Halo Orbit Advantages

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The use of halo orbits instead of lunar orbits for a communication relay constellation provides many powerful advantages:

  • Halo orbits provide good coverage of the lunar far side and poles.
  • Only a few halo orbiters are needed for global coverage.
  • From the Moon's surface, halo orbiters have slow apparent motion for easy antenna tracking.
  • Most halo orbiters will have constant solar illumination for power (no eclipses).
  • Spacecraft can be launched to halo orbits for less ΔV than lunar orbits.
  • Halo orbit dynamics allow for simple autonomous orbit determination.
  • Halo orbit dynamics allow for transfers to other halo orbits or to lunar orbit insertion points for almost no ΔV.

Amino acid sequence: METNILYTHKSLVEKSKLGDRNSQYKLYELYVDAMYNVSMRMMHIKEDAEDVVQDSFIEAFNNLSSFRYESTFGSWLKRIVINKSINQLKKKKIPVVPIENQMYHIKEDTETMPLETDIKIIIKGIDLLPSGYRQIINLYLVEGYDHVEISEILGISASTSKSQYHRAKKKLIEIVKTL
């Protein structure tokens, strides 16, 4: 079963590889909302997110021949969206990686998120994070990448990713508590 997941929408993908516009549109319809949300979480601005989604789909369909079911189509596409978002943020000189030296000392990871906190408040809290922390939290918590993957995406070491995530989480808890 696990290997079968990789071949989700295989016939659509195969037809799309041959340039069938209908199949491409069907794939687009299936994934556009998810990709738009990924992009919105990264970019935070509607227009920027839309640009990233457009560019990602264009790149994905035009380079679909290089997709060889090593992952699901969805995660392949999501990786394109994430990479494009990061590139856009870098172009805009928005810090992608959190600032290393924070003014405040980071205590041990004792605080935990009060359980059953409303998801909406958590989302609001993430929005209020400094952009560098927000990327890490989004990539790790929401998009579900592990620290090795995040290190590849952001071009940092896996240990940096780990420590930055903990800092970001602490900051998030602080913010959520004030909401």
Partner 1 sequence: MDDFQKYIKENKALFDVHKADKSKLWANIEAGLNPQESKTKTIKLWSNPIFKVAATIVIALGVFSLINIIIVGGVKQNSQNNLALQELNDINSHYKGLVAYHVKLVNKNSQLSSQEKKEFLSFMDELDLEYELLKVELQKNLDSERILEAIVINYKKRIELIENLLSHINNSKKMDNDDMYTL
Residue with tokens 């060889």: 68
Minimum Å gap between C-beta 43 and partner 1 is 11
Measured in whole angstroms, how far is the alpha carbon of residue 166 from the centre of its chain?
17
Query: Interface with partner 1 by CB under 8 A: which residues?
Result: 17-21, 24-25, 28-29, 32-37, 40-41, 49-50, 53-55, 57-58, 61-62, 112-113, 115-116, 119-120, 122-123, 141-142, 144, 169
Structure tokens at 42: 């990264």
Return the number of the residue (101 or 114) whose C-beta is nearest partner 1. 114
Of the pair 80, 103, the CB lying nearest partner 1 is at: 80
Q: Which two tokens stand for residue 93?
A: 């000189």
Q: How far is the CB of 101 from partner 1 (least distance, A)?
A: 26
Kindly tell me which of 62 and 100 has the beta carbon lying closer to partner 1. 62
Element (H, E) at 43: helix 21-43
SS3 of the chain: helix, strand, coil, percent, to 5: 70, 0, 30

• A halo orbit constellation could evolve seamlessly from south pole coverage to global coverage.

    Some disadvantages of halo orbits are:

  • Longer communication link distances.
  • Halo orbits are unstable.

    Since more mass can be placed in a halo orbit, the performance of the communications system can be increased to make up for the longer link distances and still save mass. The instability of halo orbits just means that station keeping maneuvers must be performed. For lunar halo orbits, the station keeping budget should only be about 1 m/s/year, which is much less than most lunar orbits. In fact, some lunar orbits are much more unstable than halo orbits due to the extremely asymmetric lunar gravity field.

    The rest of this presentation will provide an in-depth explanation of the low-energy transfers and autonomous orbit determination possible in halo orbits.
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